This pre-Famine house in the Glens of Antrim needs saving.Courtesy of NMNI

Emerald Heritage, an organization created with the aim of protecting and enhancing the Irish landscape and heritage, is on a mission to save a small but highly significant piece of Irish history. 

Planning permission has been granted for the demolition of one of the last remaining pre-Famine houses in the Glens of Antrim in favor of new builds.

Founder and Director of Emerald Heritage, Lyn Nelson, is asking Irish at home and abroad for help in preserving the historical site for future generations.

“This house has significant Irish history attached to it, including it’s store room, used to build the famous Glens of Antrim road during 1840,” said Lyn.

“We intend to trace the family who lived there before and during the famine and name it after them. We want to do all we can to prevent this important part of Irish of heritage from being demolished. But we cannot do this on our own.”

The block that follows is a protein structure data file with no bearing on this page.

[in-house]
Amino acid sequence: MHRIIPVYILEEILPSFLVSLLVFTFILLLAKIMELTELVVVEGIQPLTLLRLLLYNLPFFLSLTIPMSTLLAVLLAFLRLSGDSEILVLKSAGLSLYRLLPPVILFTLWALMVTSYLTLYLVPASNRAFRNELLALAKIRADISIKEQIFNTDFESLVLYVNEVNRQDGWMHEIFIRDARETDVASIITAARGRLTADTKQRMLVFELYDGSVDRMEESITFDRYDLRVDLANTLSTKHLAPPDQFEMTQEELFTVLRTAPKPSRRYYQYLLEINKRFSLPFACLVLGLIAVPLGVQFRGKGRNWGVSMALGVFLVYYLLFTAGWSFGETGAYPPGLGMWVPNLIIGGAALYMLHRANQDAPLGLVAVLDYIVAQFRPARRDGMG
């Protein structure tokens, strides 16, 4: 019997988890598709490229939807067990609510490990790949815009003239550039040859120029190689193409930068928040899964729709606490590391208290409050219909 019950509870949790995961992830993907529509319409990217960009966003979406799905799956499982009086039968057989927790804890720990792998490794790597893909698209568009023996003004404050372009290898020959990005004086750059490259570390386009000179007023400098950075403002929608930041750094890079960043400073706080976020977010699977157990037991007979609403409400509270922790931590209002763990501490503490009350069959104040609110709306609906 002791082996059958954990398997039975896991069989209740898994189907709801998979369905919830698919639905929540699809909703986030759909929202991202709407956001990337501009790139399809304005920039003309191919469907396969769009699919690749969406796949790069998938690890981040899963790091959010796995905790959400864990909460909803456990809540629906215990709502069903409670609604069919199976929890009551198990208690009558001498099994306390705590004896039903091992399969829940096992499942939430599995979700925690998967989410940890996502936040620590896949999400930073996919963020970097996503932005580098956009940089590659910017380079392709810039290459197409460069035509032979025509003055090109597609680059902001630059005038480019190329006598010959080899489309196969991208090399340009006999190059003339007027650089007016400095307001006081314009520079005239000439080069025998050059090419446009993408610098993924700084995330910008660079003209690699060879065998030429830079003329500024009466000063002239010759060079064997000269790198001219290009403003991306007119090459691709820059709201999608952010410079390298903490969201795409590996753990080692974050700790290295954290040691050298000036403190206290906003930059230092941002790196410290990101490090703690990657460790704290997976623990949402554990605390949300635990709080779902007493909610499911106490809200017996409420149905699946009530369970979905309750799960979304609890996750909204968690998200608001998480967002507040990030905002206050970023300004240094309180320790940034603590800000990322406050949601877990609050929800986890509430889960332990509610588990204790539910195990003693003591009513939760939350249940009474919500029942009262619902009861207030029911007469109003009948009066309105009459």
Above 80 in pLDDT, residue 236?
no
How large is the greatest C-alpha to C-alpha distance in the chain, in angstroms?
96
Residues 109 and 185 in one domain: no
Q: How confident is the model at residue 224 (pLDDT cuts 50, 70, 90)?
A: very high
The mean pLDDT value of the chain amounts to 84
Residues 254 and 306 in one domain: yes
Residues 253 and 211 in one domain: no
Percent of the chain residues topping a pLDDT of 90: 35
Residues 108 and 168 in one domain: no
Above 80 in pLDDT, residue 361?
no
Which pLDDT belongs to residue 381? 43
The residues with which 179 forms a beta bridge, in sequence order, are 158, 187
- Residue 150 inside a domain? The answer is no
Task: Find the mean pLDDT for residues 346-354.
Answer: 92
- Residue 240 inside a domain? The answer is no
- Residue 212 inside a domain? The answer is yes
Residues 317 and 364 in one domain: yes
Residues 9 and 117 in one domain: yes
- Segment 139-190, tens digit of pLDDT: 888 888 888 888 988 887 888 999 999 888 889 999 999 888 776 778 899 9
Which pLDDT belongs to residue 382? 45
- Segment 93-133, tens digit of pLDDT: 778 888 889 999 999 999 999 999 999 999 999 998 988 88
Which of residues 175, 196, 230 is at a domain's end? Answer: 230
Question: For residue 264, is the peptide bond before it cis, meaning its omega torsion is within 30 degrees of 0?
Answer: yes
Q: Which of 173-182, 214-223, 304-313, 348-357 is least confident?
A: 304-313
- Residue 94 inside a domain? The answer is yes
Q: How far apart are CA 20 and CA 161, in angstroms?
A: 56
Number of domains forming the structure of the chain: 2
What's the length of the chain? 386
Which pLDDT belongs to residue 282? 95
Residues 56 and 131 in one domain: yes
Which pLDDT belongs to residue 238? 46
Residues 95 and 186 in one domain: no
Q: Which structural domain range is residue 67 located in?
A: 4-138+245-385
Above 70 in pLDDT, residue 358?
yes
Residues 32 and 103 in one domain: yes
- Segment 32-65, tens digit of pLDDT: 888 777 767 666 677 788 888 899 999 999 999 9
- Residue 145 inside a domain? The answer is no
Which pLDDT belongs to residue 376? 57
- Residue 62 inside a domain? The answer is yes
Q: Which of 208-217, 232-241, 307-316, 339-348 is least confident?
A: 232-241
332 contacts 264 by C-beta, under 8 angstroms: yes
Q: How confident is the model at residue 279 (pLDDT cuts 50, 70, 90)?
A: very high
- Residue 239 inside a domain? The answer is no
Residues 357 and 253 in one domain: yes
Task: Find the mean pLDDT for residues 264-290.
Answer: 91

Restored pre-famine house from the National Museums Northern Ireland (NMNI) - Courtesy of NMNI.

Emerald Heritage has created a way for individuals to help this cause

For as little as $50 (£29.95) you can own your very own piece of Ireland.  Legally binding, each Squireen (a 17th century Irish term for landowner) can visit the plot at any time and pass it on to future generations of their family.  

“Not only will each Squireen own a small souvenir plot (in Glens Wood, located within the picturesque Glens Of Antrim) but they will also have helped protect and preserve woodland that is disappearing before our very eyes.

“It might come as a surprise to many but Ireland now has only 1% of its native woodland left. Purchasing a plot will provide much-needed funds to allow Emerald Heritage to continue its work, including this project to save the pre-Famine house.

Recently restored pre-famine houses - Courtesy of NMNI. 

“We also plan to give all the landowners a say in what happens to the house. Would they like it to be restored to its former glory so they can see how their ancestors used to live? Or would they like it to become a museum or heritage centre?

More details can be found at   

*Originally published in April 2015.